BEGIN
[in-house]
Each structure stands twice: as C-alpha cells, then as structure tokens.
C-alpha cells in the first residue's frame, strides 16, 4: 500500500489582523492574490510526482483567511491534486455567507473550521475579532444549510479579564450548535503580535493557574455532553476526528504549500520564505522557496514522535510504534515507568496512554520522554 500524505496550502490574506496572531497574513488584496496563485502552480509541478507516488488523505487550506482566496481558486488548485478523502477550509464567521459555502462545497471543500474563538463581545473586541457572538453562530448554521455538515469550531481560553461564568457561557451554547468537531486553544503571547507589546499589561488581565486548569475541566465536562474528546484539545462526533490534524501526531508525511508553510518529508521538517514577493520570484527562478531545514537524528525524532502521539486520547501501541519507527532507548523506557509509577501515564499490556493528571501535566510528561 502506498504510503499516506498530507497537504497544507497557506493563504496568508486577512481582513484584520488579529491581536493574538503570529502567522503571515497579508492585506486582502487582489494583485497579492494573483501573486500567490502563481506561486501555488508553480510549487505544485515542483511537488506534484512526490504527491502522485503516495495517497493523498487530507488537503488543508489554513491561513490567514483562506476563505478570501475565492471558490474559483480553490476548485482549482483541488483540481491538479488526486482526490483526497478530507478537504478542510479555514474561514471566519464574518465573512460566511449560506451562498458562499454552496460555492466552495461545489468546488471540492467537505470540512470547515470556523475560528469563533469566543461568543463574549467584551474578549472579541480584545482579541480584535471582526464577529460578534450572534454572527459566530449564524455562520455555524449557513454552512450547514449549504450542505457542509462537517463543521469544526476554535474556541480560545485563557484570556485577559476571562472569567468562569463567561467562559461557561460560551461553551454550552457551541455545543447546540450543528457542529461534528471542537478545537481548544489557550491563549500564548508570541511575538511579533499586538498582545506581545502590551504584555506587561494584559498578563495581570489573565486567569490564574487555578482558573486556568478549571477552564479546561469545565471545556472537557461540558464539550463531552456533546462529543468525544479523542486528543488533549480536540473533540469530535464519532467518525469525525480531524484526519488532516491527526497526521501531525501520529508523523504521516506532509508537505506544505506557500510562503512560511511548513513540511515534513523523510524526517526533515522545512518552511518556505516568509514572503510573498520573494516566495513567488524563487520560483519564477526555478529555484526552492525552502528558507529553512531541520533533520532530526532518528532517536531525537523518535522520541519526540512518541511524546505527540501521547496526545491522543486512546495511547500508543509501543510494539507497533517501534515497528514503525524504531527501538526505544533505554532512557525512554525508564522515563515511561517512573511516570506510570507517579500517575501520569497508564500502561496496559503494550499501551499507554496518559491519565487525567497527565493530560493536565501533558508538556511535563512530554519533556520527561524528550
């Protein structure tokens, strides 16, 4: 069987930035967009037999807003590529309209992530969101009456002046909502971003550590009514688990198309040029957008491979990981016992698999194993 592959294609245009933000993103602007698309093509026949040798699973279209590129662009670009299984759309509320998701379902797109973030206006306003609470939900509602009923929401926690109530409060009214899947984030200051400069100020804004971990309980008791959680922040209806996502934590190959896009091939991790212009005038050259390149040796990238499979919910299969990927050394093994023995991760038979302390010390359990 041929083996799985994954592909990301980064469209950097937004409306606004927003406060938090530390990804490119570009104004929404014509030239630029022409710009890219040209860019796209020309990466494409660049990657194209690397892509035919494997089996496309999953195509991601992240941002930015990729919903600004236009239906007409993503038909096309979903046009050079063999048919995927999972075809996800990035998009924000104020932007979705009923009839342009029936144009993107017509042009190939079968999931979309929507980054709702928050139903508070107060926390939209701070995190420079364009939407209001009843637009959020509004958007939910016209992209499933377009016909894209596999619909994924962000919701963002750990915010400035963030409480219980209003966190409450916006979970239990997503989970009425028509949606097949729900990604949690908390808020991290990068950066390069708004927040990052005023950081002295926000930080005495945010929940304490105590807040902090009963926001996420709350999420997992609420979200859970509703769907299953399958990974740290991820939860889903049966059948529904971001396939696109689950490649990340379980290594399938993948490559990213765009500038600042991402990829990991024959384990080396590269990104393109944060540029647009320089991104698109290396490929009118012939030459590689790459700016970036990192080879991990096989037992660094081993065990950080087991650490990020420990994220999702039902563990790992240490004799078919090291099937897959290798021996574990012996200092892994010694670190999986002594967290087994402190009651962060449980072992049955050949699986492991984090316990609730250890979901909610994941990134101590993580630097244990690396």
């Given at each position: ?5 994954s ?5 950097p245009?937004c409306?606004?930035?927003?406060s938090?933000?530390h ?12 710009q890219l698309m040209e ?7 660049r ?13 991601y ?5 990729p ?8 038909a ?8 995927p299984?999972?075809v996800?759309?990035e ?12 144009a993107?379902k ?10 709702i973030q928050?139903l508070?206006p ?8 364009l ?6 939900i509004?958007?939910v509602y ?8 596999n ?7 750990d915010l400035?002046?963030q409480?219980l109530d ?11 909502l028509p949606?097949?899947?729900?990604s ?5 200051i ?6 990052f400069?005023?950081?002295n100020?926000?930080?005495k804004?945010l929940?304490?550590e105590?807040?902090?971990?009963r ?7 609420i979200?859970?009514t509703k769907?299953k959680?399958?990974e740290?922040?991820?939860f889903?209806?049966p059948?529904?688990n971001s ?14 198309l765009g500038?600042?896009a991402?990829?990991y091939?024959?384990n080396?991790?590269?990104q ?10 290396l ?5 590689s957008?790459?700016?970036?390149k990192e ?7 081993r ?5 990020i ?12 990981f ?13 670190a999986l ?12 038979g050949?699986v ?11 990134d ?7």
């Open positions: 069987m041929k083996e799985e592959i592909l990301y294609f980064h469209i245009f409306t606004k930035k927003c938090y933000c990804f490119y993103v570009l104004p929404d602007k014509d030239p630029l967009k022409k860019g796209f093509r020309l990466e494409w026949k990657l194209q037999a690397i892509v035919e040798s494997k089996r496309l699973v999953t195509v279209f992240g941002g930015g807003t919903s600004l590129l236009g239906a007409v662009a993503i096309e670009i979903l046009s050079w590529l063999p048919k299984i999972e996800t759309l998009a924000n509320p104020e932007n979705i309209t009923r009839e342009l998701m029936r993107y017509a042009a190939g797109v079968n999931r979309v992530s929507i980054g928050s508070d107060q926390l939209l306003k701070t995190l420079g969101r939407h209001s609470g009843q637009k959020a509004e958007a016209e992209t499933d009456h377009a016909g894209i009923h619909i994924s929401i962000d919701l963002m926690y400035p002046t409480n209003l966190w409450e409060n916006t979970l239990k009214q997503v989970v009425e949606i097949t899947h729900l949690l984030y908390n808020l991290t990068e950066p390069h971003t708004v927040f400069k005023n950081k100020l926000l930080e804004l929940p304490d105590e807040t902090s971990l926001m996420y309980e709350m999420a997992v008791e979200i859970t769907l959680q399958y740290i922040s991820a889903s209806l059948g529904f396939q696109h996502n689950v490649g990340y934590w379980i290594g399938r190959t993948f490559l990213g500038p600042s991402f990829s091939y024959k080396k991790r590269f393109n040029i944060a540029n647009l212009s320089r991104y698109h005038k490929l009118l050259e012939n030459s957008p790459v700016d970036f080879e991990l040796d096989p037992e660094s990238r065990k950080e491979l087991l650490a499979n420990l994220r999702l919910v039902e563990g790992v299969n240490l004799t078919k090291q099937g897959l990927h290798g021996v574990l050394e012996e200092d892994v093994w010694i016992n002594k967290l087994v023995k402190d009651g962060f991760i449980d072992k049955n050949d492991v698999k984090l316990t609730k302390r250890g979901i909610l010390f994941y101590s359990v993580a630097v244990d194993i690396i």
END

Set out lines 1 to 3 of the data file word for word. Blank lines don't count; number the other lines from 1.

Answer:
[in-house]
Each structure stands twice: as C-alpha cells, then as structure tokens.
C-alpha cells in the first residue's frame, strides 16, 4: 500500500489582523492574490510526482483567511491534486455567507473550521475579532444549510479579564450548535503580535493557574455532553476526528504549500520564505522557496514522535510504534515507568496512554520522554 500524505496550502490574506496572531497574513488584496496563485502552480509541478507516488488523505487550506482566496481558486488548485478523502477550509464567521459555502462545497471543500474563538463581545473586541457572538453562530448554521455538515469550531481560553461564568457561557451554547468537531486553544503571547507589546499589561488581565486548569475541566465536562474528546484539545462526533490534524501526531508525511508553510518529508521538517514577493520570484527562478531545514537524528525524532502521539486520547501501541519507527532507548523506557509509577501515564499490556493528571501535566510528561 502506498504510503499516506498530507497537504497544507497557506493563504496568508486577512481582513484584520488579529491581536493574538503570529502567522503571515497579508492585506486582502487582489494583485497579492494573483501573486500567490502563481506561486501555488508553480510549487505544485515542483511537488506534484512526490504527491502522485503516495495517497493523498487530507488537503488543508489554513491561513490567514483562506476563505478570501475565492471558490474559483480553490476548485482549482483541488483540481491538479488526486482526490483526497478530507478537504478542510479555514474561514471566519464574518465573512460566511449560506451562498458562499454552496460555492466552495461545489468546488471540492467537505470540512470547515470556523475560528469563533469566543461568543463574549467584551474578549472579541480584545482579541480584535471582526464577529460578534450572534454572527459566530449564524455562520455555524449557513454552512450547514449549504450542505457542509462537517463543521469544526476554535474556541480560545485563557484570556485577559476571562472569567468562569463567561467562559461557561460560551461553551454550552457551541455545543447546540450543528457542529461534528471542537478545537481548544489557550491563549500564548508570541511575538511579533499586538498582545506581545502590551504584555506587561494584559498578563495581570489573565486567569490564574487555578482558573486556568478549571477552564479546561469545565471545556472537557461540558464539550463531552456533546462529543468525544479523542486528543488533549480536540473533540469530535464519532467518525469525525480531524484526519488532516491527526497526521501531525501520529508523523504521516506532509508537505506544505506557500510562503512560511511548513513540511515534513523523510524526517526533515522545512518552511518556505516568509514572503510573498520573494516566495513567488524563487520560483519564477526555478529555484526552492525552502528558507529553512531541520533533520532530526532518528532517536531525537523518535522520541519526540512518541511524546505527540501521547496526545491522543486512546495511547500508543509501543510494539507497533517501534515497528514503525524504531527501538526505544533505554532512557525512554525508564522515563515511561517512573511516570506510570507517579500517575501520569497508564500502561496496559503494550499501551499507554496518559491519565487525567497527565493530560493536565501533558508538556511535563512530554519533556520527561524528550